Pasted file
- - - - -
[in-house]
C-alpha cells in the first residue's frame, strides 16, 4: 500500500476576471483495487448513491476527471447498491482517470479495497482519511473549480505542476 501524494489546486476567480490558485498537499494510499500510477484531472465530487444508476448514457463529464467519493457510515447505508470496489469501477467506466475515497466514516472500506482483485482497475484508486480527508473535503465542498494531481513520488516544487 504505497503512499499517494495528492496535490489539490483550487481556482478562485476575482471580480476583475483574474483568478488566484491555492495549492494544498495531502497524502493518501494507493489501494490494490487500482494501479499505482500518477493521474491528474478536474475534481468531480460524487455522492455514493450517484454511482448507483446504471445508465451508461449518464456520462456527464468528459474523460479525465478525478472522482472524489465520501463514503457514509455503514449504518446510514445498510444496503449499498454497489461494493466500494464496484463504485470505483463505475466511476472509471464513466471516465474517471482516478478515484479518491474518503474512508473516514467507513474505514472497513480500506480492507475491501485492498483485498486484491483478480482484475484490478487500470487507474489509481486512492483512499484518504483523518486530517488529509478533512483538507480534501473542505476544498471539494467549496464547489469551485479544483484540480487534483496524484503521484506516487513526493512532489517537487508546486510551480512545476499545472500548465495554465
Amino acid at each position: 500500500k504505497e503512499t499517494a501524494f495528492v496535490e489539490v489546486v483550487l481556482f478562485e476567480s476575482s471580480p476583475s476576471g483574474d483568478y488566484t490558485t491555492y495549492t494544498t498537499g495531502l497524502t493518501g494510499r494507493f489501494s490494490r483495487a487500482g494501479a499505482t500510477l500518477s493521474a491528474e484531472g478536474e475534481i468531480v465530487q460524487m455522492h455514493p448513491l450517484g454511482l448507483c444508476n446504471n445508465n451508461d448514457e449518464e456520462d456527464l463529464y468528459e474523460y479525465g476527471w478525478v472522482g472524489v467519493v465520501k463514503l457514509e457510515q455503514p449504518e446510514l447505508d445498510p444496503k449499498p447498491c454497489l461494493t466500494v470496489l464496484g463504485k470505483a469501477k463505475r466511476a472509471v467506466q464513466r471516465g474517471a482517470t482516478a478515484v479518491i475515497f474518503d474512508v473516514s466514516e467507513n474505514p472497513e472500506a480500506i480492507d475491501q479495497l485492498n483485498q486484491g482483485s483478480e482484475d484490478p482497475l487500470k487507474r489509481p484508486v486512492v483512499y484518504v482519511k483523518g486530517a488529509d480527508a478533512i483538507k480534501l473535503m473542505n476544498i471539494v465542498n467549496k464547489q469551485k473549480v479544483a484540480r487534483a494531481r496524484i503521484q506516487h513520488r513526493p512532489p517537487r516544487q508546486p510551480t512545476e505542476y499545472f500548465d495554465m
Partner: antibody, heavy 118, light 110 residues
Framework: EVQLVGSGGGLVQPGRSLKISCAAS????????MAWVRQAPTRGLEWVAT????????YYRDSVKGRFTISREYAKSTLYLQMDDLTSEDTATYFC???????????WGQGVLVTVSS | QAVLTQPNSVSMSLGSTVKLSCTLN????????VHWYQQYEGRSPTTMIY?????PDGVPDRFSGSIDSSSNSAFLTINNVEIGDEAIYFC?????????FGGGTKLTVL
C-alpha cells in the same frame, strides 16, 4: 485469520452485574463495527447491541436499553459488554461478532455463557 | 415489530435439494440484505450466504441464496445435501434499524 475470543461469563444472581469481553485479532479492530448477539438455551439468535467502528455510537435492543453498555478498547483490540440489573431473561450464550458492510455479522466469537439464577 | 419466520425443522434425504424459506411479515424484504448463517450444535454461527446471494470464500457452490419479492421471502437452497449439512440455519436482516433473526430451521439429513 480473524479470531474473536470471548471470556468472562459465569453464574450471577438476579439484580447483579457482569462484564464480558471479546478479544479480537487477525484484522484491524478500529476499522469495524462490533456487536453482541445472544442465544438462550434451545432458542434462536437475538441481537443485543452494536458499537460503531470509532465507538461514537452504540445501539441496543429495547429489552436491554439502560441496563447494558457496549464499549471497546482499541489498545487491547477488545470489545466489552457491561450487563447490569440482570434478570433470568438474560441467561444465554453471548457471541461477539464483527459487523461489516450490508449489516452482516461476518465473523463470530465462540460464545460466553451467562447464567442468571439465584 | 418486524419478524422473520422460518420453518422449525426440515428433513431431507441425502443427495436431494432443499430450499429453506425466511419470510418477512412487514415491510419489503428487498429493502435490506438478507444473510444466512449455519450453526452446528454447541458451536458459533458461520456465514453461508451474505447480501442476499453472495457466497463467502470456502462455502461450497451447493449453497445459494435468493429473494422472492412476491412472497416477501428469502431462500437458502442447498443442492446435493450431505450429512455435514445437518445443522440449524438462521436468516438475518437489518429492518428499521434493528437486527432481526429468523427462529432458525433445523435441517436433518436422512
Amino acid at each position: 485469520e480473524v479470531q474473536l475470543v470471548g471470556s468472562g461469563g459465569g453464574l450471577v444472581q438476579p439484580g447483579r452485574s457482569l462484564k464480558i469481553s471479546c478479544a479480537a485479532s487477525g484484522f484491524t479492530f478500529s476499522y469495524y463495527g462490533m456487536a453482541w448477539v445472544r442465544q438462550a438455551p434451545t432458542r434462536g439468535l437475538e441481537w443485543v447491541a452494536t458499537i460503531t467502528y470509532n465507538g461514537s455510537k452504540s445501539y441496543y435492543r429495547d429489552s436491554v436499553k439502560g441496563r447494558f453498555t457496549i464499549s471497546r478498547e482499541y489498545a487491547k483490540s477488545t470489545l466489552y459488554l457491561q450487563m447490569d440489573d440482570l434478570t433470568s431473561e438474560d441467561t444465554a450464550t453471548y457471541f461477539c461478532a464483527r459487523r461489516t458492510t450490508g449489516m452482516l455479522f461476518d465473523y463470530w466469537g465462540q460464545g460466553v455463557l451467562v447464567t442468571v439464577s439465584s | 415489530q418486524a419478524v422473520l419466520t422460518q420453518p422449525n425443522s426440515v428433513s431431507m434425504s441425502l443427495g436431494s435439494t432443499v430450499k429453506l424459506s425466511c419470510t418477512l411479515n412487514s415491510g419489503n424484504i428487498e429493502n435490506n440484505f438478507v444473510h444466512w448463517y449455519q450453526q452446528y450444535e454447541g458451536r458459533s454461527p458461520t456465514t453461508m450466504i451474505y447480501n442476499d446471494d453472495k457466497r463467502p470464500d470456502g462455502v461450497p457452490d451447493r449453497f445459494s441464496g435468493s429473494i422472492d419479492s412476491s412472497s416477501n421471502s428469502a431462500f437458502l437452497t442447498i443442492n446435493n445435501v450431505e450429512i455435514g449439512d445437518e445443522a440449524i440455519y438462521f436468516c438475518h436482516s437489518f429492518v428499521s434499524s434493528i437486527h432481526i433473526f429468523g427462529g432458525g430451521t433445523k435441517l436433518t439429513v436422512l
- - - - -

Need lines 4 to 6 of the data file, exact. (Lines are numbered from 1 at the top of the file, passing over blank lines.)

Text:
Partner: antibody, heavy 118, light 110 residues
Framework: EVQLVGSGGGLVQPGRSLKISCAAS????????MAWVRQAPTRGLEWVAT????????YYRDSVKGRFTISREYAKSTLYLQMDDLTSEDTATYFC???????????WGQGVLVTVSS | QAVLTQPNSVSMSLGSTVKLSCTLN????????VHWYQQYEGRSPTTMIY?????PDGVPDRFSGSIDSSSNSAFLTINNVEIGDEAIYFC?????????FGGGTKLTVL
C-alpha cells in the same frame, strides 16, 4: 485469520452485574463495527447491541436499553459488554461478532455463557 | 415489530435439494440484505450466504441464496445435501434499524 475470543461469563444472581469481553485479532479492530448477539438455551439468535467502528455510537435492543453498555478498547483490540440489573431473561450464550458492510455479522466469537439464577 | 419466520425443522434425504424459506411479515424484504448463517450444535454461527446471494470464500457452490419479492421471502437452497449439512440455519436482516433473526430451521439429513 480473524479470531474473536470471548471470556468472562459465569453464574450471577438476579439484580447483579457482569462484564464480558471479546478479544479480537487477525484484522484491524478500529476499522469495524462490533456487536453482541445472544442465544438462550434451545432458542434462536437475538441481537443485543452494536458499537460503531470509532465507538461514537452504540445501539441496543429495547429489552436491554439502560441496563447494558457496549464499549471497546482499541489498545487491547477488545470489545466489552457491561450487563447490569440482570434478570433470568438474560441467561444465554453471548457471541461477539464483527459487523461489516450490508449489516452482516461476518465473523463470530465462540460464545460466553451467562447464567442468571439465584 | 418486524419478524422473520422460518420453518422449525426440515428433513431431507441425502443427495436431494432443499430450499429453506425466511419470510418477512412487514415491510419489503428487498429493502435490506438478507444473510444466512449455519450453526452446528454447541458451536458459533458461520456465514453461508451474505447480501442476499453472495457466497463467502470456502462455502461450497451447493449453497445459494435468493429473494422472492412476491412472497416477501428469502431462500437458502442447498443442492446435493450431505450429512455435514445437518445443522440449524438462521436468516438475518437489518429492518428499521434493528437486527432481526429468523427462529432458525433445523435441517436433518436422512